No MeSH data available.


Related in: MedlinePlus

Limb organ cultures of heterozygous and Fbn2  forearm muscles.(A) H & E sections of Fbn2  muscle cultured with or without Noggin (left) and quantitation of myofibers with central nuclei (right). (B) H & E sections of control forearms (Fbn2+/-) cultured with or without BMP-7 (left) and quantitation of myofibers with central nuclei (right). Sections from forelimbs were all taken from approximately the same plane in the forelimb. Five different sections from comparable areas in each forelimb were analyzed and counted. Error bars indicate mean ± SD, and asterisks indicate statistically significant differences (p < 0.05) between genotypes. Bars = 50 μm.
© Copyright Policy
Related In: Results  -  Collection

License
getmorefigures.php?uid=PMC4482570&req=5

pgen.1005340.g006: Limb organ cultures of heterozygous and Fbn2 forearm muscles.(A) H & E sections of Fbn2 muscle cultured with or without Noggin (left) and quantitation of myofibers with central nuclei (right). (B) H & E sections of control forearms (Fbn2+/-) cultured with or without BMP-7 (left) and quantitation of myofibers with central nuclei (right). Sections from forelimbs were all taken from approximately the same plane in the forelimb. Five different sections from comparable areas in each forelimb were analyzed and counted. Error bars indicate mean ± SD, and asterisks indicate statistically significant differences (p < 0.05) between genotypes. Bars = 50 μm.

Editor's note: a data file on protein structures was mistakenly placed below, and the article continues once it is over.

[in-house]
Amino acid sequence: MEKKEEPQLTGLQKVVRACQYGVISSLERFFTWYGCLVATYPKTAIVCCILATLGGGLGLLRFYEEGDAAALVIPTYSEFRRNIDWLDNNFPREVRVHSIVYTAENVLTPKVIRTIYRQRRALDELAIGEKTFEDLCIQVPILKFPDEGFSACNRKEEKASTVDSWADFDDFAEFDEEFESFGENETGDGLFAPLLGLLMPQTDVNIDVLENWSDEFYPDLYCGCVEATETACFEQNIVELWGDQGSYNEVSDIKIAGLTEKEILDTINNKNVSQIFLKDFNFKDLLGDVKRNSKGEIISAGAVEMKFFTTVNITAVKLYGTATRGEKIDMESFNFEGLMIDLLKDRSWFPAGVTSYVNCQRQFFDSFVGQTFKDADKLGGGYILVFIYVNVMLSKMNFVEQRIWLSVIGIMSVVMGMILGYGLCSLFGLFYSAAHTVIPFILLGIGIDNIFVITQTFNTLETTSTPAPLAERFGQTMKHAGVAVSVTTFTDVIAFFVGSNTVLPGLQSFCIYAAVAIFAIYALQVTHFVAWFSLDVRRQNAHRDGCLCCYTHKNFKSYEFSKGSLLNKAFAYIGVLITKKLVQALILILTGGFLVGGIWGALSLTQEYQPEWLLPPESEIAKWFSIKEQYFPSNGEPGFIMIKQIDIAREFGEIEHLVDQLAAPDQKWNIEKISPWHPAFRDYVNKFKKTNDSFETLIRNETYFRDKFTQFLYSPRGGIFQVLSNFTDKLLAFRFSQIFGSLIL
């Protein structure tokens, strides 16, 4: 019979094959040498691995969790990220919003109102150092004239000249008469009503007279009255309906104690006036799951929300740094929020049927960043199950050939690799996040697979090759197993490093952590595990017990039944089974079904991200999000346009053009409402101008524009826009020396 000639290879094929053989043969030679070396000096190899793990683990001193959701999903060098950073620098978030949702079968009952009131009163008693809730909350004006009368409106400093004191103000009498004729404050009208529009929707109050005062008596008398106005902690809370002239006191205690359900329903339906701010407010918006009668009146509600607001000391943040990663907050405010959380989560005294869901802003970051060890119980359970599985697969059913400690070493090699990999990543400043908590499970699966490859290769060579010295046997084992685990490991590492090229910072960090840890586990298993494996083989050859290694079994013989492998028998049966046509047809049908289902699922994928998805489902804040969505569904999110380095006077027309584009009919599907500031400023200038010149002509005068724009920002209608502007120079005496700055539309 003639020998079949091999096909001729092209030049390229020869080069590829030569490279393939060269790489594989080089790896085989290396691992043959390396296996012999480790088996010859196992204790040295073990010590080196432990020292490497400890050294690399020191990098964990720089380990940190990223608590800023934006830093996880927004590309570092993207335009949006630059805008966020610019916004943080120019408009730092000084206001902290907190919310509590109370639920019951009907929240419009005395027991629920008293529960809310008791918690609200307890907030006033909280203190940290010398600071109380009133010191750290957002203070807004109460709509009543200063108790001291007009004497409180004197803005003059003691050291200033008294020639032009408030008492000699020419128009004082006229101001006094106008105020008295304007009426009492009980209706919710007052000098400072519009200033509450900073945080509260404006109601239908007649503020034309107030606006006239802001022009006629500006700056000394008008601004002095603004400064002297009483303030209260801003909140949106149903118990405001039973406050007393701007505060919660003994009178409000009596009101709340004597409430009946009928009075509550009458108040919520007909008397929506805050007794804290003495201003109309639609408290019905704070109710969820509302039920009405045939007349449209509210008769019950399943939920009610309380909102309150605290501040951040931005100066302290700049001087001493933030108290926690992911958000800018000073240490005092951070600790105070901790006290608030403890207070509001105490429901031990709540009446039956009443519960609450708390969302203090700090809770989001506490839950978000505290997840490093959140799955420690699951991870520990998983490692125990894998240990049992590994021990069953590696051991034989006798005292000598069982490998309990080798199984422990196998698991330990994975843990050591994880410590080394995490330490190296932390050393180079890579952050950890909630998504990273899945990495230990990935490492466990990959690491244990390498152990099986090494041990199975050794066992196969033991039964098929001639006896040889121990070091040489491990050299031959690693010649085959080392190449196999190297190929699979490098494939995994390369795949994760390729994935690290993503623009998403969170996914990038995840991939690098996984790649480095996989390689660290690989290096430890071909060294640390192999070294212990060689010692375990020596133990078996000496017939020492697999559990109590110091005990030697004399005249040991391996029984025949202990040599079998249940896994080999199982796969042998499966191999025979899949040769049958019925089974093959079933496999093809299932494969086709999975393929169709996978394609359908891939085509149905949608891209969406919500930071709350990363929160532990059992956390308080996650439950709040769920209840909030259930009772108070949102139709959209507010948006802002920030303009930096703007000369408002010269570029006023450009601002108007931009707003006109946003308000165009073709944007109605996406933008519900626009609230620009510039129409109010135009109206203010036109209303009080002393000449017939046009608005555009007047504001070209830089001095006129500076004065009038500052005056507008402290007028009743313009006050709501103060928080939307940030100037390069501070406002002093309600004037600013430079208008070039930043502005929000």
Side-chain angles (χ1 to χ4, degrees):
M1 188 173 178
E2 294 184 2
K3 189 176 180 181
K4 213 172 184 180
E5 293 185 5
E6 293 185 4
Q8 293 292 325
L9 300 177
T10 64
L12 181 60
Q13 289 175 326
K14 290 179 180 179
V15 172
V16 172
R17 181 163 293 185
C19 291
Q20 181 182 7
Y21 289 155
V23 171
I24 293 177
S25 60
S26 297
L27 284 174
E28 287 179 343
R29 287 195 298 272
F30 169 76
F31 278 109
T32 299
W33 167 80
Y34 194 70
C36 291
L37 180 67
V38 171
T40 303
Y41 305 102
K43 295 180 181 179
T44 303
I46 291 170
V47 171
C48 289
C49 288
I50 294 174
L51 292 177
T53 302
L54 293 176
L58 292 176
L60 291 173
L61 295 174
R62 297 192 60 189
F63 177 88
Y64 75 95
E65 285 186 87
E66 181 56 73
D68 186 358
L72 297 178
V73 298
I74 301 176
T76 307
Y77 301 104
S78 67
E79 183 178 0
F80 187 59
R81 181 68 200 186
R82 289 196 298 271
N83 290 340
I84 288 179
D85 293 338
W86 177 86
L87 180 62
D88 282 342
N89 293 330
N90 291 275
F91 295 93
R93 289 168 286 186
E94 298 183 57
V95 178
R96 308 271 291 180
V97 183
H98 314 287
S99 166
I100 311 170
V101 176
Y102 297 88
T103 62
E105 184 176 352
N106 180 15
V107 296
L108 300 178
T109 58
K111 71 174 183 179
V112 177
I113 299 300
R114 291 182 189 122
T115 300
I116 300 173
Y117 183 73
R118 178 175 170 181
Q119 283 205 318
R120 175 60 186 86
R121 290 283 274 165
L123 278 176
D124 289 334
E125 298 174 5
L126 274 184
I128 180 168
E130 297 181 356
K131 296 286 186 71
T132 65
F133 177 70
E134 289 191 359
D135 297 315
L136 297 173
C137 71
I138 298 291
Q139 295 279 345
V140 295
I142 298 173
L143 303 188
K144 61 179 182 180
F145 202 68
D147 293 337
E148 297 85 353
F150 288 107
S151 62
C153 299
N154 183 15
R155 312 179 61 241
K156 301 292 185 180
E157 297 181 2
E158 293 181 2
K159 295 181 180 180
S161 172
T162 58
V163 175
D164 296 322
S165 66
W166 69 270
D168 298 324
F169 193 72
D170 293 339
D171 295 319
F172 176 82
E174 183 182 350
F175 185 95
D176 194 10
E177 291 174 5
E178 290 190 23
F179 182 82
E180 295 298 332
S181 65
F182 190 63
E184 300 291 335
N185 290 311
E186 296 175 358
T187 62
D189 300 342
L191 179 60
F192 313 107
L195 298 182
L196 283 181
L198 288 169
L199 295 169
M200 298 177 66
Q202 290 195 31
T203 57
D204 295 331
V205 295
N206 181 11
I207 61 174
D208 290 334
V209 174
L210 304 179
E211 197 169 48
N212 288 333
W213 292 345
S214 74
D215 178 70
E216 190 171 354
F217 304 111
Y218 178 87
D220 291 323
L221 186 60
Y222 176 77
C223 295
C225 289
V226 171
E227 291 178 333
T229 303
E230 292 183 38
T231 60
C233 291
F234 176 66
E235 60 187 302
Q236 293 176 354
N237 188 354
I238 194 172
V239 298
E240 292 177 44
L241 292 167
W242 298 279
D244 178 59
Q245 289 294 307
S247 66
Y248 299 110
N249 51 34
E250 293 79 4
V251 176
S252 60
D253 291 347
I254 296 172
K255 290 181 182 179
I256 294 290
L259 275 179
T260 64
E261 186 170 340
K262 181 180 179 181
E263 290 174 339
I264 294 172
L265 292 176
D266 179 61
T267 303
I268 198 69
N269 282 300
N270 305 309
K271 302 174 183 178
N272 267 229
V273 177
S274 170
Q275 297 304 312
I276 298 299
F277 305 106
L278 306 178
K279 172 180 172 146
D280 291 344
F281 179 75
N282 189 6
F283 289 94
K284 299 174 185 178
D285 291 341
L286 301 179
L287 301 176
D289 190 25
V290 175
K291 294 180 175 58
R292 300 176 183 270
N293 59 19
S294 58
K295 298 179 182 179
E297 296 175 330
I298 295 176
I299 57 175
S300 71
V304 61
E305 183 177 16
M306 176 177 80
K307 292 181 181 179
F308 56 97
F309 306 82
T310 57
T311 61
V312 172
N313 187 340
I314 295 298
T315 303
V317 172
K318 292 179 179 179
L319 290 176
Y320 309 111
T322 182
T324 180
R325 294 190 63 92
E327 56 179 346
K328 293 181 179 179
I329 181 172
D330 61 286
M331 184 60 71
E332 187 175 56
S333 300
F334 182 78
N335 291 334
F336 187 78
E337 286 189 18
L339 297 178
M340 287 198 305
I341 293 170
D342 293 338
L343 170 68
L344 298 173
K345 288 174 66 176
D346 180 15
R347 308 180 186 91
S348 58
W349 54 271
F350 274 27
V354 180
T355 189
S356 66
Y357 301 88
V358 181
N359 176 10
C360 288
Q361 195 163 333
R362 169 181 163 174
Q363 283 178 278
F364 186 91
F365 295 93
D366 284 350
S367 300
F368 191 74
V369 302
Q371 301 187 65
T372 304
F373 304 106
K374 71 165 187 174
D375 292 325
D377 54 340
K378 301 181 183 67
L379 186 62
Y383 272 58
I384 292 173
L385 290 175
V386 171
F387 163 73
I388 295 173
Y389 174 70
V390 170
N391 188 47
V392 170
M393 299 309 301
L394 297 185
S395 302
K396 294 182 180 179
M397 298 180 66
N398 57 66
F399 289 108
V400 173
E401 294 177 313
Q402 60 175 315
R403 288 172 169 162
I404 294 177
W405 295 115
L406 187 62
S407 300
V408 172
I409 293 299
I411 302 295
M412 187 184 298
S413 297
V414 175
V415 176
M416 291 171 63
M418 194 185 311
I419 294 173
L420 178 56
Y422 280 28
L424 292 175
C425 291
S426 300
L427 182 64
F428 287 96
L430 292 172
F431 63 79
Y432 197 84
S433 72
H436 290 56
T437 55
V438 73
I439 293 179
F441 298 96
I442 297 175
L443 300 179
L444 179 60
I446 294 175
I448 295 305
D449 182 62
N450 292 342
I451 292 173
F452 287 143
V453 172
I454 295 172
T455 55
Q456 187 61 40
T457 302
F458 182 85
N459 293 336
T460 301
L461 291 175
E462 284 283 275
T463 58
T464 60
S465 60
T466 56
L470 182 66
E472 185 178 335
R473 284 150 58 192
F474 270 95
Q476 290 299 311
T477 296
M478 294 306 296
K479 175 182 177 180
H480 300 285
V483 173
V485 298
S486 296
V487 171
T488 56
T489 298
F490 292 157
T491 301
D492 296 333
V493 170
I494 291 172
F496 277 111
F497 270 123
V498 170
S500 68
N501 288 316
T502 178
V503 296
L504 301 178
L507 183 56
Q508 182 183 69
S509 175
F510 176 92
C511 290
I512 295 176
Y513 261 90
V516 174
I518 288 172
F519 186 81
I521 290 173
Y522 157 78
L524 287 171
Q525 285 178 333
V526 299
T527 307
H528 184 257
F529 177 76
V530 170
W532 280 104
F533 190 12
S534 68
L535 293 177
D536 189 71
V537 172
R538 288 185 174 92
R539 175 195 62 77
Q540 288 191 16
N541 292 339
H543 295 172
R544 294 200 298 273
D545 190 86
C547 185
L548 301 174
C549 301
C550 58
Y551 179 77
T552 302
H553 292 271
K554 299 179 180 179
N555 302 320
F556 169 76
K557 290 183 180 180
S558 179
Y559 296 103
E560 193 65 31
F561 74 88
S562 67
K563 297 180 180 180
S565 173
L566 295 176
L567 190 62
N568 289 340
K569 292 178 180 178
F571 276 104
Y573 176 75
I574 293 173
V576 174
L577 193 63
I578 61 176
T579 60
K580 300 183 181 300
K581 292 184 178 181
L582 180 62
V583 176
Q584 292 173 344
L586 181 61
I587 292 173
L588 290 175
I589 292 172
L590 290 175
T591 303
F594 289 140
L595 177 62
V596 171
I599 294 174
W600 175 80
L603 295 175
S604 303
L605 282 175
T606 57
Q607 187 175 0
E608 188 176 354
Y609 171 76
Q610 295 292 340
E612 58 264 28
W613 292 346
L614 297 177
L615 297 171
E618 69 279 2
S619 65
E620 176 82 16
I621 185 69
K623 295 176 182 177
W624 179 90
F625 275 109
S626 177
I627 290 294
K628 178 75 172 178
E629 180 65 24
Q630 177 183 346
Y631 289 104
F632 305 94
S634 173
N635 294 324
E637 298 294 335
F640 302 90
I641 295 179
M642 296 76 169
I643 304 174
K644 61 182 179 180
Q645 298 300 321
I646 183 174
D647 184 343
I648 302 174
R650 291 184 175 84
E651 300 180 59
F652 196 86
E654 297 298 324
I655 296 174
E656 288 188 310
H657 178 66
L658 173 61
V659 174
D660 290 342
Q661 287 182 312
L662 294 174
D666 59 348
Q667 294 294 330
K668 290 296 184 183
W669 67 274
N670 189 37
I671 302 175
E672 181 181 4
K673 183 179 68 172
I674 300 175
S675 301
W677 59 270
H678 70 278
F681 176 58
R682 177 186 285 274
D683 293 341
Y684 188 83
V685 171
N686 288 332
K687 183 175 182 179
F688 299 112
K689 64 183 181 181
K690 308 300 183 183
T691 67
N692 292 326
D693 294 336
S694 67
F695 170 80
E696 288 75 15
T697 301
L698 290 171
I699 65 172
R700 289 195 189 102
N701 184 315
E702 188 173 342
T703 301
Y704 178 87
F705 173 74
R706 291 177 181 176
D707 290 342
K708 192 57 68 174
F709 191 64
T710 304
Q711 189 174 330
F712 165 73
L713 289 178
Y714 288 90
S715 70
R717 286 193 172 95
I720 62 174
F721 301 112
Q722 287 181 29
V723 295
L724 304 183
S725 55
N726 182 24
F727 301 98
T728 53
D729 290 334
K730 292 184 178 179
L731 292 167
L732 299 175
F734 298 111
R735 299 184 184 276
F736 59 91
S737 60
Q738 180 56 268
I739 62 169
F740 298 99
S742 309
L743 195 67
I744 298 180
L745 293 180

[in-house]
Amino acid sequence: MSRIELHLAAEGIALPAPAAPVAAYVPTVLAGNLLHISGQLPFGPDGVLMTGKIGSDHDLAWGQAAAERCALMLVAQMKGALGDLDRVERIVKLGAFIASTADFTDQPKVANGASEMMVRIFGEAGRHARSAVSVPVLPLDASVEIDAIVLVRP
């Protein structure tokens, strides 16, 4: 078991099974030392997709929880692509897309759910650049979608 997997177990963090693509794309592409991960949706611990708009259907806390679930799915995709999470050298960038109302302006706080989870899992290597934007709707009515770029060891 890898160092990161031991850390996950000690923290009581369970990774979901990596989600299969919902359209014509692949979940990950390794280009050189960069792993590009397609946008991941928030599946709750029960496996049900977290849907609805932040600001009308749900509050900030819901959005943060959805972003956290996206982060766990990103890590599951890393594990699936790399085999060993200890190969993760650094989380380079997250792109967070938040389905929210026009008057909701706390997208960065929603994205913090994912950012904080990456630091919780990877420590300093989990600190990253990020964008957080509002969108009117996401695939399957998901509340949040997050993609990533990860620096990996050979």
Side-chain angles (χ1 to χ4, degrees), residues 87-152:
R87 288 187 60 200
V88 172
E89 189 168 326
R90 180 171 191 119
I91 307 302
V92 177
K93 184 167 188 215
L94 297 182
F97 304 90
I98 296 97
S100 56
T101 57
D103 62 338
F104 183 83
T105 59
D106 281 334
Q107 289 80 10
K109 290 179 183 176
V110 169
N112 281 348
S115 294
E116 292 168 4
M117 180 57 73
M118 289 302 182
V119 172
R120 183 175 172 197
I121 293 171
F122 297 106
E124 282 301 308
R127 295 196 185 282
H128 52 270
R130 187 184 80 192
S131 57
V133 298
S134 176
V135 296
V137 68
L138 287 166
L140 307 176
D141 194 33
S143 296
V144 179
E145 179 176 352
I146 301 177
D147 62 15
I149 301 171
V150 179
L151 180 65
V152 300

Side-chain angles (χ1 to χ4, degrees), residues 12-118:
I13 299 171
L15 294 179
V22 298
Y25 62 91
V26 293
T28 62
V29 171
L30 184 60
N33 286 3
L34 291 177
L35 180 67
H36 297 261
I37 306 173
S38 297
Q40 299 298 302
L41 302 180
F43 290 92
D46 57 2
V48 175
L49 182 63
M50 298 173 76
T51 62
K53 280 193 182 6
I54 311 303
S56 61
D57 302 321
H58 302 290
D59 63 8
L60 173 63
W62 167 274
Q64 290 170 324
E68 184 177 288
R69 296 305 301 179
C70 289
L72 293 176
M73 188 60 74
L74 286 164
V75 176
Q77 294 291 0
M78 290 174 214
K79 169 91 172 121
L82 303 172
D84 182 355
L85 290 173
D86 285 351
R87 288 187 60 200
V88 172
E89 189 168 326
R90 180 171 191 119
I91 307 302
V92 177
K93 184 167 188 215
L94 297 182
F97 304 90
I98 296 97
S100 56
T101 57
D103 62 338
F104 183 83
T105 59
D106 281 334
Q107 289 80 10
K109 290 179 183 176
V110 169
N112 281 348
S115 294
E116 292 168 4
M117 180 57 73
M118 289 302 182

Mentions: To test the hypothesis that activated BMP signaling causes the muscle phenotype observed in Fbn2 forelimbs, we treated and wildtype forelimbs in organ culture with Noggin, a BMP inhibitor. Exogenous Noggin was titrated (200–800 ng/ml), and the number of myofibers with central nuclei was counted. Multiple fields from different H&E stained sections were counted, and the numbers were graphed as percentage of the total number of myofibers. Noggin treatment at 6 nM (200 ng/ml) for 2 days in organ culture was sufficient to significantly improve the muscle architecture, measured as the decrease of myofibers with central nuclei from 42 to 14% (p = 0,004; Fig 6A). In contrast, when control Fbn2+/- forelimbs were either treated with 6 nM (600 ng/ml) exogenous BMP-7 complex or were untreated for 2 days in organ culture, a significant increase of myofibers with central nuclei (from 20% in the untreated forelimb to almost 60% in the treated forelimb, p<0.001) was observed (Fig 6B).


Abnormal Activation of BMP Signaling Causes Myopathy in Fbn2 Null Mice.

Sengle G, Carlberg V, Tufa SF, Charbonneau NL, Smaldone S, Carlson EJ, Ramirez F, Keene DR, Sakai LY - PLoS Genet. (2015)